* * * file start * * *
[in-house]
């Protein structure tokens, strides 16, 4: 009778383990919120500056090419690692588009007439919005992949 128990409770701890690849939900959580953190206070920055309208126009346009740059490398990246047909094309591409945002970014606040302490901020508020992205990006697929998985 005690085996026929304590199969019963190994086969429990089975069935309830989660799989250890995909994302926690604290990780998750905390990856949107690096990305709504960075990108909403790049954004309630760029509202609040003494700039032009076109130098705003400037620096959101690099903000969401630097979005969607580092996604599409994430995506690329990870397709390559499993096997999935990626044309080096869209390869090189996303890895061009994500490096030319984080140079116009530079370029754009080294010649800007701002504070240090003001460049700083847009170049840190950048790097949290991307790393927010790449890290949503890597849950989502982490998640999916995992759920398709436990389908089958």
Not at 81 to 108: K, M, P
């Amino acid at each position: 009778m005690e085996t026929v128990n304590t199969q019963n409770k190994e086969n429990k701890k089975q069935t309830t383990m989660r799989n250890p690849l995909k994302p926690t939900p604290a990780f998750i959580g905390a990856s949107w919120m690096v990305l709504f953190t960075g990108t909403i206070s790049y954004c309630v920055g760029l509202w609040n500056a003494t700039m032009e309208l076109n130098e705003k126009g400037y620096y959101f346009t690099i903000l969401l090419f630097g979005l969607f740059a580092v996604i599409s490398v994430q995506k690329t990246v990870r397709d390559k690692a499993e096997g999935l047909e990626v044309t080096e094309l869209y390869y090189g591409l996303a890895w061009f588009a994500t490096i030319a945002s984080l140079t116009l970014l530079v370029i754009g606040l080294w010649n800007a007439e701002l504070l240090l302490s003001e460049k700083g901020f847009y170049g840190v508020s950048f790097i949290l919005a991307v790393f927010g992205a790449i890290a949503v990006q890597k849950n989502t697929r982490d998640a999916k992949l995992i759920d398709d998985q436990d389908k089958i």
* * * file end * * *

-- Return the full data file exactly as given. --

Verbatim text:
[in-house]
């Protein structure tokens, strides 16, 4: 009778383990919120500056090419690692588009007439919005992949 128990409770701890690849939900959580953190206070920055309208126009346009740059490398990246047909094309591409945002970014606040302490901020508020992205990006697929998985 005690085996026929304590199969019963190994086969429990089975069935309830989660799989250890995909994302926690604290990780998750905390990856949107690096990305709504960075990108909403790049954004309630760029509202609040003494700039032009076109130098705003400037620096959101690099903000969401630097979005969607580092996604599409994430995506690329990870397709390559499993096997999935990626044309080096869209390869090189996303890895061009994500490096030319984080140079116009530079370029754009080294010649800007701002504070240090003001460049700083847009170049840190950048790097949290991307790393927010790449890290949503890597849950989502982490998640999916995992759920398709436990389908089958």
Not at 81 to 108: K, M, P
């Amino acid at each position: 009778m005690e085996t026929v128990n304590t199969q019963n409770k190994e086969n429990k701890k089975q069935t309830t383990m989660r799989n250890p690849l995909k994302p926690t939900p604290a990780f998750i959580g905390a990856s949107w919120m690096v990305l709504f953190t960075g990108t909403i206070s790049y954004c309630v920055g760029l509202w609040n500056a003494t700039m032009e309208l076109n130098e705003k126009g400037y620096y959101f346009t690099i903000l969401l090419f630097g979005l969607f740059a580092v996604i599409s490398v994430q995506k690329t990246v990870r397709d390559k690692a499993e096997g999935l047909e990626v044309t080096e094309l869209y390869y090189g591409l996303a890895w061009f588009a994500t490096i030319a945002s984080l140079t116009l970014l530079v370029i754009g606040l080294w010649n800007a007439e701002l504070l240090l302490s003001e460049k700083g901020f847009y170049g840190v508020s950048f790097i949290l919005a991307v790393f927010g992205a790449i890290a949503v990006q890597k849950n989502t697929r982490d998640a999916k992949l995992i759920d398709d998985q436990d389908k089958i």